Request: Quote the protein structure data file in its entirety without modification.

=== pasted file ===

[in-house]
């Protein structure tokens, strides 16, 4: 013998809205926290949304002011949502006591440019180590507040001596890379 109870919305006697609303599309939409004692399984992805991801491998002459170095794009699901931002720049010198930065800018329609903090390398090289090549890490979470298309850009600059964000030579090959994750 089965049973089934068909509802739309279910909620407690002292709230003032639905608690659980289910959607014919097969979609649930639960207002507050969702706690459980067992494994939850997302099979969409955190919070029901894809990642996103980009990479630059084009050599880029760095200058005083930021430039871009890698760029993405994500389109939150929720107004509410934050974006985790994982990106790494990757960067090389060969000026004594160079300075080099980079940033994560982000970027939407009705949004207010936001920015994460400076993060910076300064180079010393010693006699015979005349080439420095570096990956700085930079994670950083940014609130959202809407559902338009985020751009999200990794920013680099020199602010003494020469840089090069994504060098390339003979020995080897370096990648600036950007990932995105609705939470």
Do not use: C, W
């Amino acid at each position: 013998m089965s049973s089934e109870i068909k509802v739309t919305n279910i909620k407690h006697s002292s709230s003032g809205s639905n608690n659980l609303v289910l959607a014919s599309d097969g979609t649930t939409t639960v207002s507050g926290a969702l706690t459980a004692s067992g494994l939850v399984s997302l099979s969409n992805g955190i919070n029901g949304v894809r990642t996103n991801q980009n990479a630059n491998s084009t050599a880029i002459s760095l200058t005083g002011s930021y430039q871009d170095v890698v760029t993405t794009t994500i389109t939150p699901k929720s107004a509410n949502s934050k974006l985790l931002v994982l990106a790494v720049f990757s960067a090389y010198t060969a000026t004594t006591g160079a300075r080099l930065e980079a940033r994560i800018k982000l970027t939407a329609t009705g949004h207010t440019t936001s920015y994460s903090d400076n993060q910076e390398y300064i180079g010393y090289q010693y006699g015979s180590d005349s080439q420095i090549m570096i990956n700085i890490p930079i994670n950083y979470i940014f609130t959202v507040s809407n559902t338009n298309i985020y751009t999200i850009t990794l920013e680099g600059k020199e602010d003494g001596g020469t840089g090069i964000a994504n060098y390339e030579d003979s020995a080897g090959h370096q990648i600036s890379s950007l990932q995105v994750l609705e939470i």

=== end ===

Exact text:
[in-house]
């Protein structure tokens, strides 16, 4: 013998809205926290949304002011949502006591440019180590507040001596890379 109870919305006697609303599309939409004692399984992805991801491998002459170095794009699901931002720049010198930065800018329609903090390398090289090549890490979470298309850009600059964000030579090959994750 089965049973089934068909509802739309279910909620407690002292709230003032639905608690659980289910959607014919097969979609649930639960207002507050969702706690459980067992494994939850997302099979969409955190919070029901894809990642996103980009990479630059084009050599880029760095200058005083930021430039871009890698760029993405994500389109939150929720107004509410934050974006985790994982990106790494990757960067090389060969000026004594160079300075080099980079940033994560982000970027939407009705949004207010936001920015994460400076993060910076300064180079010393010693006699015979005349080439420095570096990956700085930079994670950083940014609130959202809407559902338009985020751009999200990794920013680099020199602010003494020469840089090069994504060098390339003979020995080897370096990648600036950007990932995105609705939470």
Do not use: C, W
């Amino acid at each position: 013998m089965s049973s089934e109870i068909k509802v739309t919305n279910i909620k407690h006697s002292s709230s003032g809205s639905n608690n659980l609303v289910l959607a014919s599309d097969g979609t649930t939409t639960v207002s507050g926290a969702l706690t459980a004692s067992g494994l939850v399984s997302l099979s969409n992805g955190i919070n029901g949304v894809r990642t996103n991801q980009n990479a630059n491998s084009t050599a880029i002459s760095l200058t005083g002011s930021y430039q871009d170095v890698v760029t993405t794009t994500i389109t939150p699901k929720s107004a509410n949502s934050k974006l985790l931002v994982l990106a790494v720049f990757s960067a090389y010198t060969a000026t004594t006591g160079a300075r080099l930065e980079a940033r994560i800018k982000l970027t939407a329609t009705g949004h207010t440019t936001s920015y994460s903090d400076n993060q910076e390398y300064i180079g010393y090289q010693y006699g015979s180590d005349s080439q420095i090549m570096i990956n700085i890490p930079i994670n950083y979470i940014f609130t959202v507040s809407n559902t338009n298309i985020y751009t999200i850009t990794l920013e680099g600059k020199e602010d003494g001596g020469t840089g090069i964000a994504n060098y390339e030579d003979s020995a080897g090959h370096q990648i600036s890379s950007l990932q995105v994750l609705e939470i």